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There is nowhere in the article which clearly describes the distinction between the primary and secondary definitions of "polymath". Can someone who knows add this in please??? NZUlysses (talk) 00:19, 27 September 2008 (UTC) Although to be honest I suspect this distinction is arbitrarily made for the purposes of this article.NZUlysses (talk) 00:47, 27 September 2008 (UTC)
- "In less formal terms, a polymath (or polymathic person) may simply refer to someone who is very knowledgeable." The first sentence doesn't seem formal at all. :/ 220.127.116.11 (talk) 04:49, 15 December 2008 (UTC)
A Polymath is probably just a Savant with more than one talent; a rare individual indeed. --lbeben 01:36, 3 December 2013 (UTC)
- On the contrary, a polymath's expertise covers many wide areas and is not restricted in the way that a multi-talented savant is. Dbfirs 10:29, 3 December 2013 (UTC)
- Im missing the word "Multi-Disciplinarian" in the article. A polymath's expertise covers many disciplines but may not be as "deep" as a savants expertise in one or a few different areas.Legikajlerni (talk) 12:37, 6 March 2022 (UTC)
Um, related to the definition of polymath itself, citation  refers to the term "polyhistor" and links back to this article for clarification -- but the linked section is missing. This either needs removed or repaired. KhyranLeander 16:41, 6 May 2016 (UTC) — Preceding unsigned comment added by Khyranleander (talk • contribs)
L Ron Hubbard
Various sources list this man as a visionary in music, medicine, psychology, art, nuclear physics, and philosophy. He was also a child prodigy according to various sources. You may want to add him in both articles. (unsigned comment by User:Deibwan, 12:42, 9 May 92014)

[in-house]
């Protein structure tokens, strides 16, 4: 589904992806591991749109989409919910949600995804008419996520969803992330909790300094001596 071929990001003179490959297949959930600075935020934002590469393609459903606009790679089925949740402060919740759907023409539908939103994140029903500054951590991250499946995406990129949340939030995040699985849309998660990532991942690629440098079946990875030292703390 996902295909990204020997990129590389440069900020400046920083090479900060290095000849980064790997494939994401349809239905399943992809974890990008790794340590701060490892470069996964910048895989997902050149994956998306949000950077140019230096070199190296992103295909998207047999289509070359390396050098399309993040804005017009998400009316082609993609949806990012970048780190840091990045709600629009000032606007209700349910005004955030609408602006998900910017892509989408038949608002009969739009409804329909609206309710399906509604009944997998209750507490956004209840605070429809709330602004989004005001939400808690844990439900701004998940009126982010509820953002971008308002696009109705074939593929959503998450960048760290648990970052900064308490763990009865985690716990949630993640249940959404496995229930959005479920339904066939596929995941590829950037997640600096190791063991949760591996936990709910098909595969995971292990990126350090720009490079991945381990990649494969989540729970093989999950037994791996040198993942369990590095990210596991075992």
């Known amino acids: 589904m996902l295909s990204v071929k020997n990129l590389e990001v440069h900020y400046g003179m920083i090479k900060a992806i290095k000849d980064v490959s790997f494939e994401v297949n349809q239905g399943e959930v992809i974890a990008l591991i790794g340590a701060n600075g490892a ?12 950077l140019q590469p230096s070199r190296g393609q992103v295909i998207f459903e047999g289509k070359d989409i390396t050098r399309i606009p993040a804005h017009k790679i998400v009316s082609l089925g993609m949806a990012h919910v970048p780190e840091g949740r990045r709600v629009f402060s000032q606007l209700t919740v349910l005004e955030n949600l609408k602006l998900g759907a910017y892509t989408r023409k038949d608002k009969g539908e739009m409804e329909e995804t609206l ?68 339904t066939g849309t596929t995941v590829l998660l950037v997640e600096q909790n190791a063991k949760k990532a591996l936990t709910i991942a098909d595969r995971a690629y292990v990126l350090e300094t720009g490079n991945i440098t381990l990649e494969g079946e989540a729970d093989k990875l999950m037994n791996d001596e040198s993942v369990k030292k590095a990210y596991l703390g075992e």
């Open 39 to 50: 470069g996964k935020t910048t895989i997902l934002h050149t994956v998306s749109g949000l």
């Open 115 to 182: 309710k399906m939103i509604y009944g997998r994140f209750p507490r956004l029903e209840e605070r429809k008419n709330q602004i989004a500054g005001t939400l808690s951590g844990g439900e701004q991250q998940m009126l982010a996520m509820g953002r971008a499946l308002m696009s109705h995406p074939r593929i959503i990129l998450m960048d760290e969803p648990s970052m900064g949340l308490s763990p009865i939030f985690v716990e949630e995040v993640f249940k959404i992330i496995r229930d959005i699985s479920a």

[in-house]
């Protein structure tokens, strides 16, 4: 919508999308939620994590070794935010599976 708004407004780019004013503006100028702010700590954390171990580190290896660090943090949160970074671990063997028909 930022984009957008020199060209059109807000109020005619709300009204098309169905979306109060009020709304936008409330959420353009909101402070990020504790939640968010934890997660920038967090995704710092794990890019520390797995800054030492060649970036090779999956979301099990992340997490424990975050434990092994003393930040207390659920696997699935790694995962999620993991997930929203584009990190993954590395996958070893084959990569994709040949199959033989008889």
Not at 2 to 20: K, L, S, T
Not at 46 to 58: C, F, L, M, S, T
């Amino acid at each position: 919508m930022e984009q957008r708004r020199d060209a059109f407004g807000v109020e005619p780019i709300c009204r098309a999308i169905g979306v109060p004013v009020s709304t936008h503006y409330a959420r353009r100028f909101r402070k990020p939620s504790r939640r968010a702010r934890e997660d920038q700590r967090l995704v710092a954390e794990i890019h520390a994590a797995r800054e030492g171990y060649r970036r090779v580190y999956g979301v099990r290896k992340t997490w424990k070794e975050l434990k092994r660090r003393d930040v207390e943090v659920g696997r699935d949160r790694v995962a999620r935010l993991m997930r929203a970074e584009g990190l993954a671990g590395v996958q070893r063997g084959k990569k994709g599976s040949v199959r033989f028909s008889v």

Self-Promotion in Academia
The whole section "In Academia" reads like shameless self-promotion and copy-pasting (not even in Wiki format - references left in text as e.g. "(R. Root-Bernstein, 2009, p. 857)" straight out of someone's thesis). Who is supposed to understand this babble - "He utilized a hermeneutic-phenomenological approach...." - this is irrelevant & spams up the page. Suggest delete the whole thing. --anonymous (talk) 23:06, 22 April 2021 (UTC) — Preceding unsigned comment added by 2001:A61:247A:6B01:5158:15AA:67E7:8BCA (talk)
- This whole article is strange. The lead is good to great, the Renaissance man section is good, and then academic section is just summaries of what five different academics think about polymaths, why they are good or bad and why we should encourage them, it's incredibly academic, and doesn't seem to be very encyclopedic at all.
- There's also no section that restates what a polymath is, what are agreed upon qualities of a polymath, no restatement of most of the lead. It's really quite bizarre, I don't think I've ever seen an article like this before. 18.104.22.168 (talk) 19:30, 20 July 2022 (UTC)
Block of text to add
|This edit request by an editor with a conflict of interest was declined.|